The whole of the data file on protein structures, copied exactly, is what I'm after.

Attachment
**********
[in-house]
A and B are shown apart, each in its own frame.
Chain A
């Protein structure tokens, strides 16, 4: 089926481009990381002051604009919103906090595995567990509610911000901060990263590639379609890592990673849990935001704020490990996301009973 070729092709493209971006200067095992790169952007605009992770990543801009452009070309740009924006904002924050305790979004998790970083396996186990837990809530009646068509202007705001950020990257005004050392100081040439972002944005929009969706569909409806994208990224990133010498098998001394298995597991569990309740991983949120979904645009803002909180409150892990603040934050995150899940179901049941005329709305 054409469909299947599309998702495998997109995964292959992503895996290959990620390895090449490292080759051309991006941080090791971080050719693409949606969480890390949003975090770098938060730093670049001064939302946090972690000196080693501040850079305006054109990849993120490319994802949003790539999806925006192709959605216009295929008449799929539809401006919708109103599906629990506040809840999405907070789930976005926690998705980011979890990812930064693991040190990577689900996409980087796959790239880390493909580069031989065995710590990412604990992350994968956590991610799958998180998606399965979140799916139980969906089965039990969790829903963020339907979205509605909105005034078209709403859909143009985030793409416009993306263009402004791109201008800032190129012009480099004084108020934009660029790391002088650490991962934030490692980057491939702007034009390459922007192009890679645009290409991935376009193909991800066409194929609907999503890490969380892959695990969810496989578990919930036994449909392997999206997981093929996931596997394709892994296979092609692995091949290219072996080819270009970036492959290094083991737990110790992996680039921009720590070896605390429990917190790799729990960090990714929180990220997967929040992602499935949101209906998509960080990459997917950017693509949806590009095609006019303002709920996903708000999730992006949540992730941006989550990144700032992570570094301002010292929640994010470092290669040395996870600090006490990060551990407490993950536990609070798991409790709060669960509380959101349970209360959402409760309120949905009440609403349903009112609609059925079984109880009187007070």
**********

[in-house]
A and B are shown apart, each in its own frame.
Chain A
């Protein structure tokens, strides 16, 4: 089926481009990381002051604009919103906090595995567990509610911000901060990263590639379609890592990673849990935001704020490990996301009973 070729092709493209971006200067095992790169952007605009992770990543801009452009070309740009924006904002924050305790979004998790970083396996186990837990809530009646068509202007705001950020990257005004050392100081040439972002944005929009969706569909409806994208990224990133010498098998001394298995597991569990309740991983949120979904645009803002909180409150892990603040934050995150899940179901049941005329709305 054409469909299947599309998702495998997109995964292959992503895996290959990620390895090449490292080759051309991006941080090791971080050719693409949606969480890390949003975090770098938060730093670049001064939302946090972690000196080693501040850079305006054109990849993120490319994802949003790539999806925006192709959605216009295929008449799929539809401006919708109103599906629990506040809840999405907070789930976005926690998705980011979890990812930064693991040190990577689900996409980087796959790239880390493909580069031989065995710590990412604990992350994968956590991610799958998180998606399965979140799916139980969906089965039990969790829903963020339907979205509605909105005034078209709403859909143009985030793409416009993306263009402004791109201008800032190129012009480099004084108020934009660029790391002088650490991962934030490692980057491939702007034009390459922007192009890679645009290409991935376009193909991800066409194929609907999503890490969380892959695990969810496989578990919930036994449909392997999206997981093929996931596997394709892994296979092609692995091949290219072996080819270009970036492959290094083991737990110790992996680039921009720590070896605390429990917190790799729990960090990714929180990220997967929040992602499935949101209906998509960080990459997917950017693509949806590009095609006019303002709920996903708000999730992006949540992730941006989550990144700032992570570094301002010292929640994010470092290669040395996870600090006490990060551990407490993950536990609070798991409790709060669960509380959101349970209360959402409760309120949905009440609403349903009112609609059925079984109880009187007070």